Financial Illiteracy Prevails, Even Among the Well-Off

A recent issue of Financial Advisor magazine recounted a quiz that was given to 1,000 investors with annual household income of at least $75,000 and assets of at least $100,000.  Nearly half failed the test.

Here are some of the questions.  How well would you do?

  • What does an index fund do?
  • What happens to the value of bonds when interest rates go up?
  • Which one leaves you richer:
    • (A)saving $1,000 a year from age 35 to age 65 and earning an average 8% per year, or
    • (B)saving $1,000 a year from age 25 to age 35 with the same return and then stopping?

For the answers, scroll down.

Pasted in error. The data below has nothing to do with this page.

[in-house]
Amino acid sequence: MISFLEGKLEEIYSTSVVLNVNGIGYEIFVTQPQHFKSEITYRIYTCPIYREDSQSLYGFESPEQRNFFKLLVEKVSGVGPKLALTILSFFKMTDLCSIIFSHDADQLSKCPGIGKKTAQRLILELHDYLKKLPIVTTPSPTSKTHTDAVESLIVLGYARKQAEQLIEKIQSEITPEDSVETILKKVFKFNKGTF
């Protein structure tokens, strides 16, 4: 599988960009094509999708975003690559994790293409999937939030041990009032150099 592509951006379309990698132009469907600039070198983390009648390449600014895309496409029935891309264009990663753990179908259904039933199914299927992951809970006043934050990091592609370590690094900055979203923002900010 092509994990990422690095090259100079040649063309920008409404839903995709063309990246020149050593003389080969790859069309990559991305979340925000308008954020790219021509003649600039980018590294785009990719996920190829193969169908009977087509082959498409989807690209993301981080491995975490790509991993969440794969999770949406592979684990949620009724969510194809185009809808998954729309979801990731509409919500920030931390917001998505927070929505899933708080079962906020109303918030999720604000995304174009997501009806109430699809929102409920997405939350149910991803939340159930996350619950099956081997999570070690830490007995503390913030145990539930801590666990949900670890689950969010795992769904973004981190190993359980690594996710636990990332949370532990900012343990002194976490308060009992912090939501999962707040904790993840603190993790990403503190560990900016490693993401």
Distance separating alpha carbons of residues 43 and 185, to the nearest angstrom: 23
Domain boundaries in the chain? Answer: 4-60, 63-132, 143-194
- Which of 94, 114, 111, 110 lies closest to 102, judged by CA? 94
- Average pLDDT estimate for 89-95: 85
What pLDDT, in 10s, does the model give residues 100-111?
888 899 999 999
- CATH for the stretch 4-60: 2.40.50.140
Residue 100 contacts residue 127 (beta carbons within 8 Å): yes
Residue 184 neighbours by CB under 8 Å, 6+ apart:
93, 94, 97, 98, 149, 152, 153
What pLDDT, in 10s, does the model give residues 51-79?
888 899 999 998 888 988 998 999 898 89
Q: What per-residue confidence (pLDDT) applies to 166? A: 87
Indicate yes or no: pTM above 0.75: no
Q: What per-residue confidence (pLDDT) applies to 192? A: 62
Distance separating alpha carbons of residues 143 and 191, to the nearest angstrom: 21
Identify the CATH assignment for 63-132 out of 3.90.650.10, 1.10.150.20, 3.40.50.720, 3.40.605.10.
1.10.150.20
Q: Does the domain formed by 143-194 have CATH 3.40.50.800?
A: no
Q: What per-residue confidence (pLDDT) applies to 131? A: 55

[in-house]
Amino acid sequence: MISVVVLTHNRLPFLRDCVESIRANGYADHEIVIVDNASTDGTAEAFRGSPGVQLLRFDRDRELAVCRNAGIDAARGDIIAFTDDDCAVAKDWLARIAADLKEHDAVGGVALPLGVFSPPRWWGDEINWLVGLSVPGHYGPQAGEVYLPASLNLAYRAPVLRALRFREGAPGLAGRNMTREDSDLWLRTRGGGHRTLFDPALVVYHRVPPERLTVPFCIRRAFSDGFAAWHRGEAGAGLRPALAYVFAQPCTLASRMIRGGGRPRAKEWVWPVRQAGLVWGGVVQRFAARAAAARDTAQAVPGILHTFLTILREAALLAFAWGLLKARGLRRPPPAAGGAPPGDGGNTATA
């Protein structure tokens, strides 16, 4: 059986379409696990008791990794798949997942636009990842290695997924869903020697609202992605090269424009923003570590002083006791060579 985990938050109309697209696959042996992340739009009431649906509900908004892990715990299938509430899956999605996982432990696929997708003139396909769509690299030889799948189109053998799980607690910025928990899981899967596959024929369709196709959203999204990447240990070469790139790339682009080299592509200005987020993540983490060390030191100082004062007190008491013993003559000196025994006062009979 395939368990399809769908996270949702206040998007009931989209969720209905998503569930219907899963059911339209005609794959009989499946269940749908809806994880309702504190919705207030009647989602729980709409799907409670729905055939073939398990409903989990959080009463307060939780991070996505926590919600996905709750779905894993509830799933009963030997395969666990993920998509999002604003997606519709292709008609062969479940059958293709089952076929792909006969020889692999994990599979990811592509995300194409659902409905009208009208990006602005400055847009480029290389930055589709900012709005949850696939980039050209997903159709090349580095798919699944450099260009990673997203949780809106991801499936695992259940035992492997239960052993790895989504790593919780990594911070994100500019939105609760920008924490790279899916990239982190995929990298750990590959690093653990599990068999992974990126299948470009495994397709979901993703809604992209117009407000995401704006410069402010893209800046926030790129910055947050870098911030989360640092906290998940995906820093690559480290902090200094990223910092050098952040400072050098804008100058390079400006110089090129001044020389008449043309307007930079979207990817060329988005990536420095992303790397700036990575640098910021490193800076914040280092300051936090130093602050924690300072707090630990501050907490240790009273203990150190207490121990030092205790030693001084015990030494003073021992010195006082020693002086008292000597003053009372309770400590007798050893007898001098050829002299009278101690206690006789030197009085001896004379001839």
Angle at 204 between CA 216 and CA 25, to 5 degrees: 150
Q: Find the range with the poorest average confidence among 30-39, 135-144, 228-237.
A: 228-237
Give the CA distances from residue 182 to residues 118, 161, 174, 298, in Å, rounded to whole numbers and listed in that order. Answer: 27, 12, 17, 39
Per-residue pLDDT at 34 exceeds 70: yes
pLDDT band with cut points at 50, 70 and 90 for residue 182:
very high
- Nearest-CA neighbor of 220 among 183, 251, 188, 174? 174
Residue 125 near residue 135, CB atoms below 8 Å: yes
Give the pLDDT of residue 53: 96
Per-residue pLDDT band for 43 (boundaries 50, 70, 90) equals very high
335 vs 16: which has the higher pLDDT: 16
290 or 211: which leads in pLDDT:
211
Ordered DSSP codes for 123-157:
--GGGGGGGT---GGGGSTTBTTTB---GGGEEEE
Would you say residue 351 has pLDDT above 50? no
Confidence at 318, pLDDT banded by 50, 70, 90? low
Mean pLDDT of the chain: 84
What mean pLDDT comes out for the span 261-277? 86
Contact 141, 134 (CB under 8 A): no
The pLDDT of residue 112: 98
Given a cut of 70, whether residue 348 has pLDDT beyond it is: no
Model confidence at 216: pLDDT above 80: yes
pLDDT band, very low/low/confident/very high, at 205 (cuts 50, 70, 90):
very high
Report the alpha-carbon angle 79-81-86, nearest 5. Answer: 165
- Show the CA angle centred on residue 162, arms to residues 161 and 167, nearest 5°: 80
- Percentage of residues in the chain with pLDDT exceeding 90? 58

1. An index fund is a mutual fund that has a portfolio that matches a broad based index.  Examples are the Dow Jones Industrial Average or the Standard & Poor’s 500 index.  That are many other indexes for small and mid-cap stocks, foreign stocks or bonds of various kinds.
  2. When interest rates go up the value of existing bonds goes down.
  3. The answer is (B).  Beginning earlier makes all the difference.  The person who started at 25 and stopped at 35 would be worth more than twice the amount at age 65 than the one who started at 35 and saved until 65.
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